Journal of Immigrant and Minority Health

, Volume 22, Issue 1, pp 212–215 | Cite as

Medical–Legal Partnerships to Support Continuity of Care for Immigrants Impacted by HIV: Lessons Learned from California

  • Shannon M. FullerEmail author
  • Wayne T. Steward
  • Omar Martinez
  • Emily A. Arnold
Brief Communication


The United States (US) has experienced a surge of anti-immigrant policies and rhetoric, raising concerns about the influence on health outcomes for immigrants living in the US. We conducted qualitative interviews (n = 20) with health care and social service providers, attorneys, and legal/policy experts in California to understand how agencies were maintaining access to HIV care and prevention for immigrant clients. We conducted a thematic analysis to describe the role of medical–legal partnerships (MLPs) and document best practices. Informants reported high demand for legal services. Referrals were facilitated by case managers, medical providers, and pre-existing relationships between clinics and legal agencies. Informants identified a need for additional funding and further guidance on screening for and supporting patients with legal needs. MLPs have the capacity to create sustainable, efficient, comprehensive structural changes that minimize barriers to HIV prevention and treatment and improve health outcomes among immigrant populations.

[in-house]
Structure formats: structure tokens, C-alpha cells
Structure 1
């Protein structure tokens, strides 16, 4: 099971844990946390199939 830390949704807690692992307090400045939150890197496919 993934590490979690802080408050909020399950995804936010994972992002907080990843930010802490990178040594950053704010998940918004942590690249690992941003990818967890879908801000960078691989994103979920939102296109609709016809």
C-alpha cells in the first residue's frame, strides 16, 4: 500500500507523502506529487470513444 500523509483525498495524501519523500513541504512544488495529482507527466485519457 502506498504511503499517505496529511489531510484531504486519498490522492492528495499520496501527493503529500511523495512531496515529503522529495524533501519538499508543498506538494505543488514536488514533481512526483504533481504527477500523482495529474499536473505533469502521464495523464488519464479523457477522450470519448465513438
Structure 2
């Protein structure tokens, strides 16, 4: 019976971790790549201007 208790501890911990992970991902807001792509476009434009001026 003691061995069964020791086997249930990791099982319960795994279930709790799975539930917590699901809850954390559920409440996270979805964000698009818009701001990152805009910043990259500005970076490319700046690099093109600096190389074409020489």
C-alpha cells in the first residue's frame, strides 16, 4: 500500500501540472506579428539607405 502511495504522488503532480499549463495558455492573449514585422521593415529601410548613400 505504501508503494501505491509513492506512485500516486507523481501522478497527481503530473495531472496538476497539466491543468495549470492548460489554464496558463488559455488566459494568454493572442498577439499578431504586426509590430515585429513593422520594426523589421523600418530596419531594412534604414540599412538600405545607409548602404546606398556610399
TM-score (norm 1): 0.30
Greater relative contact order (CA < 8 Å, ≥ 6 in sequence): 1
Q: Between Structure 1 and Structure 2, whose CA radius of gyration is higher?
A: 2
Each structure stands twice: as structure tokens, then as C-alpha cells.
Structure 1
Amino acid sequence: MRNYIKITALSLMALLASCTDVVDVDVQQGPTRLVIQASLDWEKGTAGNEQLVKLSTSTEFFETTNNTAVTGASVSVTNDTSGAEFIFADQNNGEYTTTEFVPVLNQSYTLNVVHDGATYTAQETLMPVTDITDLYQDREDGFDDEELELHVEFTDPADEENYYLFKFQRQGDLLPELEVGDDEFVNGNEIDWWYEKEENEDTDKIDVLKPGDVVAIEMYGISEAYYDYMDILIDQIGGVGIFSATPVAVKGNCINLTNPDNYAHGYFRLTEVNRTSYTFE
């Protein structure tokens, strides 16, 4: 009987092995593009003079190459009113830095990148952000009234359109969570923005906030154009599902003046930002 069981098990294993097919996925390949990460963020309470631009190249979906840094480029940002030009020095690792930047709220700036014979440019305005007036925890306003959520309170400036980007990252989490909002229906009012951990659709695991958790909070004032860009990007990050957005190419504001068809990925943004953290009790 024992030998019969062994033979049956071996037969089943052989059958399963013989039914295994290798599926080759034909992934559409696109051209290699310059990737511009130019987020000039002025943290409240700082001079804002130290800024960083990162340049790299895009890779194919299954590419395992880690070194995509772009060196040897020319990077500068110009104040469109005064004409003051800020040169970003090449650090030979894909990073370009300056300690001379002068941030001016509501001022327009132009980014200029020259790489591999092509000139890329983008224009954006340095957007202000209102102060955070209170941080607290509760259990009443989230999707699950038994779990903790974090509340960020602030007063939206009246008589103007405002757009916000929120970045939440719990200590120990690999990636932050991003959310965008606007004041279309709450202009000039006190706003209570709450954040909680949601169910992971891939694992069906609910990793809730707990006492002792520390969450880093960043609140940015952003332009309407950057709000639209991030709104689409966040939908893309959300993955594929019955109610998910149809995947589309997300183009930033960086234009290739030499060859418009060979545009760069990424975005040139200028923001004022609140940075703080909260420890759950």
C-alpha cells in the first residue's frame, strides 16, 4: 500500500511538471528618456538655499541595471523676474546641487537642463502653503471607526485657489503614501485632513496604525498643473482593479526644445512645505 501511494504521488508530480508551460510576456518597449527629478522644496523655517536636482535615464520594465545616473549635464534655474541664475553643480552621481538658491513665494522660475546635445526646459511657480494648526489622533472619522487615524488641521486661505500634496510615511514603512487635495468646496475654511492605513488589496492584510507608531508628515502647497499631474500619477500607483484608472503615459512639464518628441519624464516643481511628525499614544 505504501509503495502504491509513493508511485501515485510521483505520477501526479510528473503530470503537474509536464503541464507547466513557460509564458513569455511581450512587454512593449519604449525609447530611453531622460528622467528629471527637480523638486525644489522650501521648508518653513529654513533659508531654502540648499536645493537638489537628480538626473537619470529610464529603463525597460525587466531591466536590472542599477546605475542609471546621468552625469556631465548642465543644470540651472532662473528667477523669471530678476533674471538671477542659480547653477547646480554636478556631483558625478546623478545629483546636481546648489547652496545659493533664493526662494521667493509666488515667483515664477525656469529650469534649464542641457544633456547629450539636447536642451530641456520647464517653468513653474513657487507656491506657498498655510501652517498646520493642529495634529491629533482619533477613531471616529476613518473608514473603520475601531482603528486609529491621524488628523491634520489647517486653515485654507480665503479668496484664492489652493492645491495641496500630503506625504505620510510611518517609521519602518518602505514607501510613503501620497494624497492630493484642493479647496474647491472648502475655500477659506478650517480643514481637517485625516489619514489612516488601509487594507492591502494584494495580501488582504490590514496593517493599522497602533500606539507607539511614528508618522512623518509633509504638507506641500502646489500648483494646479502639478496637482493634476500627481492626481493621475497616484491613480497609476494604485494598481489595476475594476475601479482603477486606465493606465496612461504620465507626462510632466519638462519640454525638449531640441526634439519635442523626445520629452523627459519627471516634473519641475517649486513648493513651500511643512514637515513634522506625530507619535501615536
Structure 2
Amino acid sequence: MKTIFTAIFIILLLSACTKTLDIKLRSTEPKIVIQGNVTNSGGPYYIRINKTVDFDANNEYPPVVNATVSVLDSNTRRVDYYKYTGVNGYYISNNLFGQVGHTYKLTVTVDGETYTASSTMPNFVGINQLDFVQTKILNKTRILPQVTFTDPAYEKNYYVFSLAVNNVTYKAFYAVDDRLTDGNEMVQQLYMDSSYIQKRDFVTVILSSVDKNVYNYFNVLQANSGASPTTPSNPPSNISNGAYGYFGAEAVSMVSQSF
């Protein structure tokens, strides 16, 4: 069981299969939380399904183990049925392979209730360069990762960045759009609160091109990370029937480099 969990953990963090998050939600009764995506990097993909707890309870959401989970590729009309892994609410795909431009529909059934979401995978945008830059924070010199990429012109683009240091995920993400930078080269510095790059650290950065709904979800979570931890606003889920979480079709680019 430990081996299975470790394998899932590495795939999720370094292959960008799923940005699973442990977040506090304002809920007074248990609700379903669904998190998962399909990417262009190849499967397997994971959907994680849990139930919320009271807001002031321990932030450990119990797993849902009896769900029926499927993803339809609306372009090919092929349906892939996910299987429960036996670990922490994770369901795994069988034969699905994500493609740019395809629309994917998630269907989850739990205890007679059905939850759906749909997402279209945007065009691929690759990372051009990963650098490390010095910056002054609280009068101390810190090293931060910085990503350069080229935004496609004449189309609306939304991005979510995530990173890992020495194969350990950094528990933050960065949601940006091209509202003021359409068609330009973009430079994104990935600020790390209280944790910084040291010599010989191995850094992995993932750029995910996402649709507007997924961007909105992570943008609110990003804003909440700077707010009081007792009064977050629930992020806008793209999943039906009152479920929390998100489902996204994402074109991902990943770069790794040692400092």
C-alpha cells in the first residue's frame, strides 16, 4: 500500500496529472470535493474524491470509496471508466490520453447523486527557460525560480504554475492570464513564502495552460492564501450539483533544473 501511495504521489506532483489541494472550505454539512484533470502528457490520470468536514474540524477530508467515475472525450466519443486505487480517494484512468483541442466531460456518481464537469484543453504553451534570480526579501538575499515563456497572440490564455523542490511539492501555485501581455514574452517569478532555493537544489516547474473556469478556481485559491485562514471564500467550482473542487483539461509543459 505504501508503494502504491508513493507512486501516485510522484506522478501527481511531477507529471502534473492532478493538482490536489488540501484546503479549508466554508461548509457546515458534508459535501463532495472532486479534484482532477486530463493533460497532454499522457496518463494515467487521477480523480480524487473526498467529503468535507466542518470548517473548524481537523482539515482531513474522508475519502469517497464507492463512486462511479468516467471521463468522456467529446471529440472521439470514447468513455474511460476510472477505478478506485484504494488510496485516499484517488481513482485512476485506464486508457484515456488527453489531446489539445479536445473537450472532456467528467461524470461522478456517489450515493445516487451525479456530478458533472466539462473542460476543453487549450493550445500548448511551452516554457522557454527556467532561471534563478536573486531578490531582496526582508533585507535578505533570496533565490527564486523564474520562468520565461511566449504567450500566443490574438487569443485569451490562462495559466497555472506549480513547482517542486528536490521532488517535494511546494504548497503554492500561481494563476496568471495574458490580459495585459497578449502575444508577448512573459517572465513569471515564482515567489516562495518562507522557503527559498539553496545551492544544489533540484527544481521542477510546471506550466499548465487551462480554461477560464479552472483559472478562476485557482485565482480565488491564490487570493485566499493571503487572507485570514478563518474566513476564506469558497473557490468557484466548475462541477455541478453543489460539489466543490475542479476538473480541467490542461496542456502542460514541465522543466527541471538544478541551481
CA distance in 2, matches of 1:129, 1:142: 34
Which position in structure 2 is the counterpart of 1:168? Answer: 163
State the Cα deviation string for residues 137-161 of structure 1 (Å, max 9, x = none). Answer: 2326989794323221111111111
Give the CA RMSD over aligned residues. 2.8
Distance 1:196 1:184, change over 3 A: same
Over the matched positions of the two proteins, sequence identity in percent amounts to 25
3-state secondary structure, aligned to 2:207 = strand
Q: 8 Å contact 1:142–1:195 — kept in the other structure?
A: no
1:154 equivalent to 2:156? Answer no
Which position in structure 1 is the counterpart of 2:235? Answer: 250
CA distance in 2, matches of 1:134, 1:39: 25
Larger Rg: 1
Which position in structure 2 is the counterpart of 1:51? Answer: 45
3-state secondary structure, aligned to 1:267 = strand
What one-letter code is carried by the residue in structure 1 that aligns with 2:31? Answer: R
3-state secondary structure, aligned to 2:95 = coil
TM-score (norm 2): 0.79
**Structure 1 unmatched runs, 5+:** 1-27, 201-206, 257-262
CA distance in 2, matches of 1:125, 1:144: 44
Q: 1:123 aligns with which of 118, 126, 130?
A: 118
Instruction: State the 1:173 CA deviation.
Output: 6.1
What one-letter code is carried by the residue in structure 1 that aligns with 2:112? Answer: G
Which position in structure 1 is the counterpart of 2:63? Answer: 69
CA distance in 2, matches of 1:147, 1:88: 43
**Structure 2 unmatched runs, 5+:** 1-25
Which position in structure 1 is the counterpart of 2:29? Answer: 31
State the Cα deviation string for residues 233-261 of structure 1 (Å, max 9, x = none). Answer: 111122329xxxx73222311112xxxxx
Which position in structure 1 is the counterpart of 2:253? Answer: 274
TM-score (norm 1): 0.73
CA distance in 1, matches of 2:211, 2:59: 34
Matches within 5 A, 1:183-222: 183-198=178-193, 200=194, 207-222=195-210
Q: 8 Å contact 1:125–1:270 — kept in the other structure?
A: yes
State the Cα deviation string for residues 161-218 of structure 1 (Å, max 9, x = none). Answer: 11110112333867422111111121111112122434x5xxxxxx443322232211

Medical–legal partnerships HIV care and prevention Immigrant Qualitative research United States 



This research was supported by a grant from the California HIV/AIDS Research Program, Office of the President, University of California, Grant Number RP15-SF-096. The authors wish to thank all study participants who generously put their time and thought into the interviews. We are also grateful for the support from colleagues Emma Bohannon, who assisted with data collection in San Francisco, and Emma Wilde Botta, who assisted the team with codebook development.


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Copyright information

© Springer Science+Business Media, LLC, part of Springer Nature 2019

Authors and Affiliations

  1. 1.Division of Prevention ScienceUniversity of California San FranciscoSan FranciscoUSA
  2. 2.School of Social WorkTemple UniversityPhiladelphiaUSA

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